The eternal Diva

28 June – 6 October 2013

Few historical figures divide public opinion as much as Cleopatra VII, the last queen of Ancient Egypt (69–30 BC). More than 2000 years after her death, her eventful life and enigmatic character seem to have lost none of their fascination. The selection of some 200 outstanding paintings, sculptures, photographs, films and video works shown in the exhibition allow viewers to get a better understanding of the complex nature of this eternal diva.

The exhibition´s central thesis is that every era created its own distinctive image of Cleopatra – and that every era created the image of Cleopatra it deserved. That the cultural memory has long since turned the last Ptolemaic queen into a ‘mythical sign’ is amply demonstrated by the countless ways in which the Cleopatra myth has been refigured and recycled since antiquity.

The exhibition examines this extensive repertoire of images and seeks to peel away the layers of narrative that obscure the historical figure: her carefully calculated self-representation that bridged the conflicting realms of Hellenistic kingship and Egyptian theocracy, the blend of erotic appeal and astute realpolitik and the amalgamation of her theatricalisation of politics with the political instrumentalisation of her character at the hands of her opponents as well as its appropriation by her admirers.

The Roman Empire, heading for absolute hegemony, instrumentalised her as the key trophy of its own foundation myth. The modern era celebrated her as an icon of female power, an aesthetic ideal and the ultimate embodiment of the ‘other’, alluring and alarming in equal measure. For centuries Cleopatra has served as a projection screen for the fantasies and role plays of a changing Western society. Her suicide immortalised her as a great tragic heroine, but it also turned her image into a distorted reflection of the cultural, societal and political aspirations of the time.

Few of the written sources and images produced in her lifetime have come down to us. Most of what we think we know about Cleopatra can be traced back to stories and depictions brought into circulation after her death. At the same time, she is one of the central crystallisation points of the Western fascination with Egypt. Her tragic story fired the imagination of numerous writers, composers and artists, inspiring works of great aesthetic quality and emotional density. She became a prime motif in Western art – from the classically inspired ideals of the Renaissance to the Baroque theatre of passions and the orientalist fantasies of the nineteenth century. The artistic reception of Cleopatra in the twentieth century shifted to stage and screen productions, offering broad audiences new visual role models and new ways of identifying with the ancient heroine.

The interdisciplinary exhibition is divided into twelve thematic sections that are staged as associative experiential spaces. Antique sculptures (for example portraits of Cleopatra and other Ptolemaic queens in the Hellenistic or Egyptian tradition) are juxtaposed with European paintings and sculptures. At the same time, the exhibition examines the cultural legacy of the eternal diva and her function as a role model that allowed women of different social and cultural backgrounds to strike a grand pose (staged portraits of society ladies and portraits of celebrated stage actresses and film stars in theatrical costumes). The significance of Cleopatra as a Pop and subculture idol and as a glamorous advertising icon is illustrated by publicity campaigns, video clips and photographs.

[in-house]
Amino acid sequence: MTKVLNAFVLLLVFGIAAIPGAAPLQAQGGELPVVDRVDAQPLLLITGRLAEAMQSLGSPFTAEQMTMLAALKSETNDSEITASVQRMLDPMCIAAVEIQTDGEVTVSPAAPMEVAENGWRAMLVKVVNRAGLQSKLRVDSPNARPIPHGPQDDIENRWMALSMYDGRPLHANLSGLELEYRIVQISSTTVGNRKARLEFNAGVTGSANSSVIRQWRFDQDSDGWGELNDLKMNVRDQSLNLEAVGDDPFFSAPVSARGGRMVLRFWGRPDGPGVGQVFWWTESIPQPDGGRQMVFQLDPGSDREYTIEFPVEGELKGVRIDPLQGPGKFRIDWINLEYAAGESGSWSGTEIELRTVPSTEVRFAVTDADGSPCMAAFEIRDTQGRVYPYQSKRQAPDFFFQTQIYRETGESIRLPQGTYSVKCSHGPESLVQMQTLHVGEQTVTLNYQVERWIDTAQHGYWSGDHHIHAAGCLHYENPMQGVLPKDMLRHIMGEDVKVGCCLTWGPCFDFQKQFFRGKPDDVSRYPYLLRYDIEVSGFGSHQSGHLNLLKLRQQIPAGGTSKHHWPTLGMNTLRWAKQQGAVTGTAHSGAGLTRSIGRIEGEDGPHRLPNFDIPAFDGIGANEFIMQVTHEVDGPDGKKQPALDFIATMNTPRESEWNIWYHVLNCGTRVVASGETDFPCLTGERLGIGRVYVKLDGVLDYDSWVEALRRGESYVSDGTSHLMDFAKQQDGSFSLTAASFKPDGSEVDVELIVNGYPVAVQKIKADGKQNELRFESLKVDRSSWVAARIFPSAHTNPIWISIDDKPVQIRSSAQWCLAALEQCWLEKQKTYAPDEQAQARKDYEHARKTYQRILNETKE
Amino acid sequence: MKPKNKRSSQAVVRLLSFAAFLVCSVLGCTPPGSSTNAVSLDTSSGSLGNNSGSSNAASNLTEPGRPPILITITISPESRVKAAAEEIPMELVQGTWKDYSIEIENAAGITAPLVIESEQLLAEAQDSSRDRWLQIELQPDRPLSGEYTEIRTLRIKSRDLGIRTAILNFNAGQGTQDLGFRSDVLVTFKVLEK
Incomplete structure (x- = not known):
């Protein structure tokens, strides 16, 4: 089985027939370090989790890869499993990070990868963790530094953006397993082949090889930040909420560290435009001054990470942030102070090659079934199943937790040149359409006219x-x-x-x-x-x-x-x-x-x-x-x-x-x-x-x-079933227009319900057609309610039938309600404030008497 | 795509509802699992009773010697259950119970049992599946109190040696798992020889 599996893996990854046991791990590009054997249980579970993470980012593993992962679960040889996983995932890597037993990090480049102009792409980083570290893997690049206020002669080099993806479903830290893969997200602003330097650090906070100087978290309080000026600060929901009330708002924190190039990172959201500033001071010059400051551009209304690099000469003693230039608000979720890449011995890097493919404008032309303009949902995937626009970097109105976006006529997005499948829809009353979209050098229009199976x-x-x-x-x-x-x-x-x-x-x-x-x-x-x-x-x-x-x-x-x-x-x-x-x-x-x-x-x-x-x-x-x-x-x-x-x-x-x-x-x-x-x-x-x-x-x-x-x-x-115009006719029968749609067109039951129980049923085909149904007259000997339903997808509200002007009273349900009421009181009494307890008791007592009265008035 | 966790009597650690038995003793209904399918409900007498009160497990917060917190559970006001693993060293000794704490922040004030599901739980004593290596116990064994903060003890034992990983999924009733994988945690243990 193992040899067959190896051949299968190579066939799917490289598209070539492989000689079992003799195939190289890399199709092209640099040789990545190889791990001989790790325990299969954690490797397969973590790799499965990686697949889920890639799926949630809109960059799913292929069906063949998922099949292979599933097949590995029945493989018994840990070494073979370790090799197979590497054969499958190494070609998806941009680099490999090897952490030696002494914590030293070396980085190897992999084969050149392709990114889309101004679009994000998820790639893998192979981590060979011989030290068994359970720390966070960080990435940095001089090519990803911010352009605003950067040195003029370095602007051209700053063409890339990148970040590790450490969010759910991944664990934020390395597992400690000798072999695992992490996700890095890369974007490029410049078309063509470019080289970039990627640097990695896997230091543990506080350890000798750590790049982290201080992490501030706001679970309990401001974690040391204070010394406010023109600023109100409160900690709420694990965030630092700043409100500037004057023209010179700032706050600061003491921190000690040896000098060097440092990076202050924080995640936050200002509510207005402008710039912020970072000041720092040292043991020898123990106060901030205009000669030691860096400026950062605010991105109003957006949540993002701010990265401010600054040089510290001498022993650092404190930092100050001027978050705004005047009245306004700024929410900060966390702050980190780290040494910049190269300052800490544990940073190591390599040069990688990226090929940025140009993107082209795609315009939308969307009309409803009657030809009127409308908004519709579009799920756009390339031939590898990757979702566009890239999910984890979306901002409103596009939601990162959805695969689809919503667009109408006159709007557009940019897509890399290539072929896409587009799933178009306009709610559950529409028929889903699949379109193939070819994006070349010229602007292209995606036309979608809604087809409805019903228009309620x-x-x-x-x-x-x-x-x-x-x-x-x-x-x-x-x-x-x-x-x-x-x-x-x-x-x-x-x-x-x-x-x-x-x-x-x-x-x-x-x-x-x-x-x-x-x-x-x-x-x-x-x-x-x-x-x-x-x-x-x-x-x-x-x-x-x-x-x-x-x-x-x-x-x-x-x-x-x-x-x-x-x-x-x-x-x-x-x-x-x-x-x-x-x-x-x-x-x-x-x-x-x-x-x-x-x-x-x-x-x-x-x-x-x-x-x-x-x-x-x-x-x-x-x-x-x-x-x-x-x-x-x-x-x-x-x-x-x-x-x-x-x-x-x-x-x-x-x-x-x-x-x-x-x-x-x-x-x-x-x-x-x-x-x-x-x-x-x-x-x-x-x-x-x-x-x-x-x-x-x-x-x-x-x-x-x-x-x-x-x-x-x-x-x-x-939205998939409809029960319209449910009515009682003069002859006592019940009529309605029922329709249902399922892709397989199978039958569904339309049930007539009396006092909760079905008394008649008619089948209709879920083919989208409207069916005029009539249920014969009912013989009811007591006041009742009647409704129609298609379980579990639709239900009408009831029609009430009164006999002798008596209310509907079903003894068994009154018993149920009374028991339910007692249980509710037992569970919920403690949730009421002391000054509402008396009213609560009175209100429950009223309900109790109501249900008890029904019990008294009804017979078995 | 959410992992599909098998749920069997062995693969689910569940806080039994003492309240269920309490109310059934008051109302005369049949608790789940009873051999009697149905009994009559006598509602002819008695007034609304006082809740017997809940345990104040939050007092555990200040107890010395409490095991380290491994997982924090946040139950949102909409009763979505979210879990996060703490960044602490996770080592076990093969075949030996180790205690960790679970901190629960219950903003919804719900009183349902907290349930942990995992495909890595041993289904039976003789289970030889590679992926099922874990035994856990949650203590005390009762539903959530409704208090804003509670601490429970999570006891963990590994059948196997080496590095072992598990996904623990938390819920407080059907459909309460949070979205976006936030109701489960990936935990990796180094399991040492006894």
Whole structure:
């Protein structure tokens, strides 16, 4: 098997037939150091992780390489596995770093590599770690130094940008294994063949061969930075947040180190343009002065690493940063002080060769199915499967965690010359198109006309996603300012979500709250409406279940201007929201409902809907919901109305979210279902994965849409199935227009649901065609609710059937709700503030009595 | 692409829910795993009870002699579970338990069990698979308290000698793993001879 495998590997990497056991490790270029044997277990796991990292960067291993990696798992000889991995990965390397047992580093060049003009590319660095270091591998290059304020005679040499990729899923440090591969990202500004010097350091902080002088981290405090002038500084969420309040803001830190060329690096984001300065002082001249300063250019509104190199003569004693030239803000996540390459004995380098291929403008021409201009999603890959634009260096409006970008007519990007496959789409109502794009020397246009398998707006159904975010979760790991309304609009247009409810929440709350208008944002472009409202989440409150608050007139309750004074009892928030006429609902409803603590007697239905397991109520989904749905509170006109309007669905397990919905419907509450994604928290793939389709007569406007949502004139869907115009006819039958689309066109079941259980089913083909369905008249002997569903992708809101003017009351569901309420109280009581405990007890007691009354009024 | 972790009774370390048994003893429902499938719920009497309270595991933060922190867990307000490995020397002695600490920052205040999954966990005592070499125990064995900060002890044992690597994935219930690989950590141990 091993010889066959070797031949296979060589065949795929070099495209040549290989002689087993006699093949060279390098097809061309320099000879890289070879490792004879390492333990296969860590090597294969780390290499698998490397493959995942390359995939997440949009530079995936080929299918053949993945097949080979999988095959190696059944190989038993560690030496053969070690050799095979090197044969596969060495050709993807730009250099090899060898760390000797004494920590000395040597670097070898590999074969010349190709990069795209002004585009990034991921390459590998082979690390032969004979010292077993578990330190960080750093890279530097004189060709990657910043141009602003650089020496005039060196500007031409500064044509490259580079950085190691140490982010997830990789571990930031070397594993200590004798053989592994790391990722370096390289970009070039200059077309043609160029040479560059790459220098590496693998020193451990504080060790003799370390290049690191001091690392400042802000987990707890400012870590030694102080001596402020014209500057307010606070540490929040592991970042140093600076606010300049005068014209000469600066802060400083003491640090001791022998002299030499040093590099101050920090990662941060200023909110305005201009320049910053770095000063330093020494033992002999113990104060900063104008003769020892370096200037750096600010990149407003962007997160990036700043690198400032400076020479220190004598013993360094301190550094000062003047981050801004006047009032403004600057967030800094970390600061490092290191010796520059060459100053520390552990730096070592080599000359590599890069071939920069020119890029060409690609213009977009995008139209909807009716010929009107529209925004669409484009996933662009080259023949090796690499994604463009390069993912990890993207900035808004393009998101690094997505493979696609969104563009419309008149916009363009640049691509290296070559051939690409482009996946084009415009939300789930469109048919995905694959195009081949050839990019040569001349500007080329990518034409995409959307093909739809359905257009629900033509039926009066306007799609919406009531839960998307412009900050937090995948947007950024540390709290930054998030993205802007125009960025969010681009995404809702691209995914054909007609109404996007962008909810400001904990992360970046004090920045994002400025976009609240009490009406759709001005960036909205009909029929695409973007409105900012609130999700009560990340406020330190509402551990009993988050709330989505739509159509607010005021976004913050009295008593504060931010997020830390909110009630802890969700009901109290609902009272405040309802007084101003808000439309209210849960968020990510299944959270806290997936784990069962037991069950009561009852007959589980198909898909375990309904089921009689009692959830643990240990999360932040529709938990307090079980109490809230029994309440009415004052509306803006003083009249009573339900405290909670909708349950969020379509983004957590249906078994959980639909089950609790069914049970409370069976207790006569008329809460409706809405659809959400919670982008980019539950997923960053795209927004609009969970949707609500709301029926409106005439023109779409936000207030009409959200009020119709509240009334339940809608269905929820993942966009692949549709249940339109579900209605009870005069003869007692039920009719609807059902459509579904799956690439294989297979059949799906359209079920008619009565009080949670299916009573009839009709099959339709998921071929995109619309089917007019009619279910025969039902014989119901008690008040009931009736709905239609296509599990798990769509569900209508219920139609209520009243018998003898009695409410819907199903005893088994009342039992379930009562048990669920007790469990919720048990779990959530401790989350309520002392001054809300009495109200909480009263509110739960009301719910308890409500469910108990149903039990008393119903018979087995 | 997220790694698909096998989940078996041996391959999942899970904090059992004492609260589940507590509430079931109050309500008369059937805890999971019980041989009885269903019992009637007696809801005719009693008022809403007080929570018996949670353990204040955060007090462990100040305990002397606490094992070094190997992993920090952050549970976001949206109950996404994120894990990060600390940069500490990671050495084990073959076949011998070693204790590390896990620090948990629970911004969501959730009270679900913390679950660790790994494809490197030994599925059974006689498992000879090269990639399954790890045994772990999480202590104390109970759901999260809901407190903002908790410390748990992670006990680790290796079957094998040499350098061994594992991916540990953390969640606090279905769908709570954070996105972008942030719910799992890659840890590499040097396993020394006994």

The story told by the exhibition is framed by a prologue and an epilogue. Based on the argument that our view of Cleopatra is primarily filtered through the lens of Plutarch, Shakespeare and Elizabeth Taylor, these framing images are Andy Warhol’s silk screen prints: Blue Liz as Cleopatra and Silver Liz as Cleopatra of 1963. Elizabeth Taylor, celebrated as the last of the great divas of the silver screen and the ultimate incarnation of Cleopatra, is firmly rooted in the cultural memory of our time. Her serial, intangible appearance suggests that Cleopatra too can only be captured in an elusive sketch that traces the affective impact she had while she was alive and the images she continues to inspire.

Conceived as a ‘school of seeing’, the exhibition employs a wide range of visual analogies to encourage visitors to approach familiar images from a different perspective and to look at them with a fresh eye. There is no one true face of Cleopatra.

Back to the exhibition view

Show bibliography
  1. Foto: David Ertl, 2013© Kunst- und Ausstellungshalle der Bundesrepublik Deutschla

Kunst- und Ausstellungshalle der Bundesrepublik Deutschland

Museumsmeile Bonn
Friedrich-Ebert-Allee 4
53113 Bonn
T +49 228 9171–200

Opening hours

Mondays closed
Tuesdays and Wednesdays, 10 a.m.–9 p.m.
Thursdays–Sundays, 10 a.m.–7 p.m.
(including public holidays even those which fall on Mondays)

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